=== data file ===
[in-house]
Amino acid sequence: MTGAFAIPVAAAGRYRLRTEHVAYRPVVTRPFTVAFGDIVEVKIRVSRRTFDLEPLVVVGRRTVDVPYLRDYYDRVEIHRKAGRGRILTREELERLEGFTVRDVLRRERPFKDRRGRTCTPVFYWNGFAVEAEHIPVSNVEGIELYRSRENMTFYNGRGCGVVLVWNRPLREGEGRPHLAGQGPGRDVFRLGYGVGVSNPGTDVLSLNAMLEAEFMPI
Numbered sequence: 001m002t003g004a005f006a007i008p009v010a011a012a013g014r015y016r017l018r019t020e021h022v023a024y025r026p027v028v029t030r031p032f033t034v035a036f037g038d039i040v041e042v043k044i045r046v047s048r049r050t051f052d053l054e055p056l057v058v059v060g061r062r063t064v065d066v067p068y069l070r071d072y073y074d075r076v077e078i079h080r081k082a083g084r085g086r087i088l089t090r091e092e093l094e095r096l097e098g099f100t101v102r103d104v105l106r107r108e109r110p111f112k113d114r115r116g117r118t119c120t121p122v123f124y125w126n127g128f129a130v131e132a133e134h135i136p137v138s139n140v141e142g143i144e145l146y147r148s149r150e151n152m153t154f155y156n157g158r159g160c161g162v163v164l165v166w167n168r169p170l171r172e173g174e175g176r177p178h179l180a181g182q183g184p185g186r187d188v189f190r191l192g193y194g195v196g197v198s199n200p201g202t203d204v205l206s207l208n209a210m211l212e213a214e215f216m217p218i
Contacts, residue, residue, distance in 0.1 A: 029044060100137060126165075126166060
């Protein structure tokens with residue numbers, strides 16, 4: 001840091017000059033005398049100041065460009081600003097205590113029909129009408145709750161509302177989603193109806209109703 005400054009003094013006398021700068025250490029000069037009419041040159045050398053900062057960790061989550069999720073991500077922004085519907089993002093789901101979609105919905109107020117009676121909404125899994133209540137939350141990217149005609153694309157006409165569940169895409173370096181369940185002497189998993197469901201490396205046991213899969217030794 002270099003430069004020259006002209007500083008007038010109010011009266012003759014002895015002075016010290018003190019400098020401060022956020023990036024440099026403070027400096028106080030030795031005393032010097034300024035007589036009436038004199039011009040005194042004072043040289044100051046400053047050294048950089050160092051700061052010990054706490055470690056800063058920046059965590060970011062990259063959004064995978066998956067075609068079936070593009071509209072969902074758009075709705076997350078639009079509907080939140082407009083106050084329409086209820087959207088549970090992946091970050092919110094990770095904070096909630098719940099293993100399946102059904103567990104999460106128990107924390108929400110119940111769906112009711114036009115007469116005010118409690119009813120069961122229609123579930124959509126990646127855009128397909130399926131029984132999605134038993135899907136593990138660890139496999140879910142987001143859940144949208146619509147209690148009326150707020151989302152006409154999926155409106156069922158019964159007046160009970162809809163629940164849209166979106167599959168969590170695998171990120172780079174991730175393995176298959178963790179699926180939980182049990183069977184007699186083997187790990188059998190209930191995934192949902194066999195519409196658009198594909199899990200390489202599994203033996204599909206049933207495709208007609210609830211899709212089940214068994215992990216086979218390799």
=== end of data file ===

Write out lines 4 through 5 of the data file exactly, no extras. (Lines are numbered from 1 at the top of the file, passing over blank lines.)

Contacts, residue, residue, distance in 0.1 A: 029044060100137060126165075126166060
């Protein structure tokens with residue numbers, strides 16, 4: 001840091017000059033005398049100041065460009081600003097205590113029909129009408145709750161509302177989603193109806209109703 005400054009003094013006398021700068025250490029000069037009419041040159045050398053900062057960790061989550069999720073991500077922004085519907089993002093789901101979609105919905109107020117009676121909404125899994133209540137939350141990217149005609153694309157006409165569940169895409173370096181369940185002497189998993197469901201490396205046991213899969217030794 002270099003430069004020259006002209007500083008007038010109010011009266012003759014002895015002075016010290018003190019400098020401060022956020023990036024440099026403070027400096028106080030030795031005393032010097034300024035007589036009436038004199039011009040005194042004072043040289044100051046400053047050294048950089050160092051700061052010990054706490055470690056800063058920046059965590060970011062990259063959004064995978066998956067075609068079936070593009071509209072969902074758009075709705076997350078639009079509907080939140082407009083106050084329409086209820087959207088549970090992946091970050092919110094990770095904070096909630098719940099293993100399946102059904103567990104999460106128990107924390108929400110119940111769906112009711114036009115007469116005010118409690119009813120069961122229609123579930124959509126990646127855009128397909130399926131029984132999605134038993135899907136593990138660890139496999140879910142987001143859940144949208146619509147209690148009326150707020151989302152006409154999926155409106156069922158019964159007046160009970162809809163629940164849209166979106167599959168969590170695998171990120172780079174991730175393995176298959178963790179699926180939980182049990183069977184007699186083997187790990188059998190209930191995934192949902194066999195519409196658009198594909199899990200390489202599994203033996204599909206049933207495709208007609210609830211899709212089940214068994215992990216086979218390799």